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Canadian Credit Cards > Credit Card News > Time for a different card? Here's what you need to know


Time for a different card? Here's what you need to know

By Kira Vermond

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When Aeroplan made a move to TD from CIBC as its principal partner earlier this year, and CIBC launched its new Aventura program, Canadian consumers suddenly had a good reason to reevaluate the credit cards in their wallets. Were they getting the perks they wanted and the best deal? Or was it time to give their stash of cards an overhaul? weed-out-cards

Not that most credit card users actually research programs and determine if they make the most sense for their own personal spending patterns anyway, says one American Express Canada survey. In fact, only 15 per cent of users said they actually shopped around before applying for their card.

Big mistake, says Sheila Walkington, a money coach with Money Coaches Canada in Vancouver and co-author of Unstuck: How to Get Out of Your Money Rut and Start Living the Life You Want. Even if you've held your cards for a while, it's important to examine them periodically and decide if they're giving you what you need now -- not what you needed 10 years ago.  It may even be time to whittle down the number of cards you have. Walkington says that, unless you own a small business and need to keep expenses separate, two cards are usually enough.

"Many of us have several cards for various reasons or from past purchases. But really, how many do we need?" she says.

Here are four steps to take when making the switch:

  1. Look at your history. Grab your credit card statements and give them a read. Be honest. How do you actually spend money and pay off your debt? If you always pay off your purchases in full each month, a lower interest rate is not as important as it is for someone who typically carries a balance each month. If you fall into the latter camp, is your rate as low as it could be? "If you carry a balance, your interest charges could negate the value of whatever rewards you get -- and maybe a little more," explains Heather Franklin, an independent Toronto financial planner.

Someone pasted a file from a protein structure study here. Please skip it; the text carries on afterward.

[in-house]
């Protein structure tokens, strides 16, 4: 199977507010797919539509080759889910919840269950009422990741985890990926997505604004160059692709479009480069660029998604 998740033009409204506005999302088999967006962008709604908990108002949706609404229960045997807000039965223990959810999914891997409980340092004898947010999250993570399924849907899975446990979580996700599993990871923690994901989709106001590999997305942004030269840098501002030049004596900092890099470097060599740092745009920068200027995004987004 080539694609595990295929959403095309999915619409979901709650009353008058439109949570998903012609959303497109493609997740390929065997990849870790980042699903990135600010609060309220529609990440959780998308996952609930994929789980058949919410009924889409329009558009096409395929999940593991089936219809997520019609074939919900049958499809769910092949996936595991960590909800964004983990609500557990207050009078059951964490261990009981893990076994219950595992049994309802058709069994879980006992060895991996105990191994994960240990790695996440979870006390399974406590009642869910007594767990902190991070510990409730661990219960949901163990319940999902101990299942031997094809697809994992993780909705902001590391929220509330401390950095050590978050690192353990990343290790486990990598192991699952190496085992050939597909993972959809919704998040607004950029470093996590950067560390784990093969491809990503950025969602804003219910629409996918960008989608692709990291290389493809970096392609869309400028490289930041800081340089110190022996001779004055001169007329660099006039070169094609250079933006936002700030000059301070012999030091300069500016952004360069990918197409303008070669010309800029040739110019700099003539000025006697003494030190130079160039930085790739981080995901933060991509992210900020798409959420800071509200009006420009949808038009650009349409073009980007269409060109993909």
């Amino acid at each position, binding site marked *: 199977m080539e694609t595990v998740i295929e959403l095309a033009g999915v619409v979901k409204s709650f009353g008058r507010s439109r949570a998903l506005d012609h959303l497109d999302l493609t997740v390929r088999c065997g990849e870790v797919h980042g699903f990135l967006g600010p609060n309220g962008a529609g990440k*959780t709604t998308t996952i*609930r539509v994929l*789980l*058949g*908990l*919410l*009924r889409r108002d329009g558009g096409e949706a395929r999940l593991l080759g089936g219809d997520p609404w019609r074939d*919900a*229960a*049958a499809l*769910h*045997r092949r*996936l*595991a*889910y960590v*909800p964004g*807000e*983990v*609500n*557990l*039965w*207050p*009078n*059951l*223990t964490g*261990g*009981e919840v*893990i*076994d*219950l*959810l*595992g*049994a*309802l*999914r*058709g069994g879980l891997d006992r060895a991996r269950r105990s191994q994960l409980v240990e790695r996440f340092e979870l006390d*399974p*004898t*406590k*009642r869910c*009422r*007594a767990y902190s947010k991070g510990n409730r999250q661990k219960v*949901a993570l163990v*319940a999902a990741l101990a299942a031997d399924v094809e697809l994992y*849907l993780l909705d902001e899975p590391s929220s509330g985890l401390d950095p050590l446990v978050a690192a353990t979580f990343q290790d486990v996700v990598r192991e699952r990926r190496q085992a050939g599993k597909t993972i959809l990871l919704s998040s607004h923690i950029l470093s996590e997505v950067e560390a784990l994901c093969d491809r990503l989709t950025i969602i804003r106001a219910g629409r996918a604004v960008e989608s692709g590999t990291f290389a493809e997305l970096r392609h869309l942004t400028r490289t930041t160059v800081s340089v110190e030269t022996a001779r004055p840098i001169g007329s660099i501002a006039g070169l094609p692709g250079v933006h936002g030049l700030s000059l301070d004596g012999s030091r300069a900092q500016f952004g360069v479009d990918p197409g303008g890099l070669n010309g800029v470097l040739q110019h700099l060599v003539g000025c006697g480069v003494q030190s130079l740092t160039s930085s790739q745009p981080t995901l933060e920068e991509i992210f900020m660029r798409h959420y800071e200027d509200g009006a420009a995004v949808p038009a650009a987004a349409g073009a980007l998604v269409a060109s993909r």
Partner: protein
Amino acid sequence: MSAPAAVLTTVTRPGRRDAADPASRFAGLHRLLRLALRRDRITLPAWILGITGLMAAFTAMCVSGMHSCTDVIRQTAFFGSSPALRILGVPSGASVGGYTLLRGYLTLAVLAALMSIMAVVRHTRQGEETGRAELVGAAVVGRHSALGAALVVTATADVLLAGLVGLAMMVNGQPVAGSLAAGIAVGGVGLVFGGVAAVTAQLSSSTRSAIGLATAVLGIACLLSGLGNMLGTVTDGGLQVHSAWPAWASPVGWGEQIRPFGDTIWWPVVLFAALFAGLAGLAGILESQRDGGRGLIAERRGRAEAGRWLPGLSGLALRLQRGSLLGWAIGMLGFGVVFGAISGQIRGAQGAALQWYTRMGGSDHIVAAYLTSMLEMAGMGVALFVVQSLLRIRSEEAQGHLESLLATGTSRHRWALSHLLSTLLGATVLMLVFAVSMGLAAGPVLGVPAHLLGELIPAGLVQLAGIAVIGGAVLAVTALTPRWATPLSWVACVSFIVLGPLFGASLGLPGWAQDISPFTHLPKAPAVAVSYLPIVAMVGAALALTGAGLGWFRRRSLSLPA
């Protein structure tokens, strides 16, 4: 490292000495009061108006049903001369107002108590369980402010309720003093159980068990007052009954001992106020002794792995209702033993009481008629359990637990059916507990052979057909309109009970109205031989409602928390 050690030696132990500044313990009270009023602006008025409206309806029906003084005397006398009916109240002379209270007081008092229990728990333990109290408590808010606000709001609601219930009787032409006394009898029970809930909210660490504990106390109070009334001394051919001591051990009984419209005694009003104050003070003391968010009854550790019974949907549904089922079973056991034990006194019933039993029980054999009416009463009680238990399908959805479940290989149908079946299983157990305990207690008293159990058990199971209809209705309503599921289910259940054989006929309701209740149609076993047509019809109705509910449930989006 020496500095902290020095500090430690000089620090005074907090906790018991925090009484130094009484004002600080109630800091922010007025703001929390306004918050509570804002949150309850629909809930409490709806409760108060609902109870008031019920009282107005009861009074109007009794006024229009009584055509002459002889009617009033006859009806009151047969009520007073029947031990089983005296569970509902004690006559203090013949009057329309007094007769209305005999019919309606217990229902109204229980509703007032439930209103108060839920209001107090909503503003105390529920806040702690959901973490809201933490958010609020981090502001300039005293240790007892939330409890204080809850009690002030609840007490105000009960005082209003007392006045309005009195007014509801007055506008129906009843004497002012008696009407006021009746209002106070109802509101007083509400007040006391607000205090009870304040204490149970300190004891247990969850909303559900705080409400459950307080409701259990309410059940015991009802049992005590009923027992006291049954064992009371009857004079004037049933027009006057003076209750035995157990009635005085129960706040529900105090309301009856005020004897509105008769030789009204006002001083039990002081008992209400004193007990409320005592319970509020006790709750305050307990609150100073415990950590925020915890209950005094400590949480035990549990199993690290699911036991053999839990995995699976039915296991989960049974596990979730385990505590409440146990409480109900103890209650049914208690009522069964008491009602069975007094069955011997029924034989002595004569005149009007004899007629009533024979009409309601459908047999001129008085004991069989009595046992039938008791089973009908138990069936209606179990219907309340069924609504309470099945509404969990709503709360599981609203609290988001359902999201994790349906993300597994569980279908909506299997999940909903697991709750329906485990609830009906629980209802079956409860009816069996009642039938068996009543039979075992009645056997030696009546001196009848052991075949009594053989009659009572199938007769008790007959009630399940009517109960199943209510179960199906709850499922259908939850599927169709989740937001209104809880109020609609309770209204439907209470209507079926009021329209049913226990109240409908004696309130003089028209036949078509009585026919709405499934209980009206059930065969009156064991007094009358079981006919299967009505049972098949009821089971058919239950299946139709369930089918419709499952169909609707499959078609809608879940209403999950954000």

At the same time, you want to be looking at your annual fees. Do you spend enough on your card or generate enough points to make those fees worthwhile? "Do the math," says Walkington. "Is the value of the points greater than the annual fee you pay for the card?"

    Don't forget travel perks, such as travel and luggage insurance. If you travel a lot, and your card gives you these extras, it probably makes sense to keep it. There's just no reason to pay for more than one card that offers these perks. Pick one and close the rest.

  2. Get a deal. Ready to shop around? Start with your own financial institution and see what kinds of deals it might offer you. Your relationship may qualify you for a great offer. For example, if, after looking at your spending history, you realize you would do well to own a low-interest card, ask whether you can switch to one that is a better fit. Most issuers do offer low interest cards with low or no annual fees.

  3. Shop around. Not sure you're still getting the best deal? Check online credit card comparison sites. If you find a competing card with a better offer, go to your bank and ask for a match. If it won't budge, switch to the other card and close down your existing one once the balance is at zero.

  4. Reevaluate every five years.
    Life changes and so should your credit cards. Particularly if you travel and are reaching retirement, it may be time to find a card that offers insurance into your golden years. They're rare, but a few exist. Or, maybe your student card was helpful 10 years ago, but now there are kids in the house and a card that gives cash back on groceries is the best move.

Although closing cards and switching to new ones might have an impact on your overall credit score, Walkington says it probably won't make that much of a difference.

"The key to keeping a good credit score is to pay your loan and bills on time," she says.

See related: Signing up for a new credit card? Read the fine print first, Tips for new Canadians

Published: November 5, 2013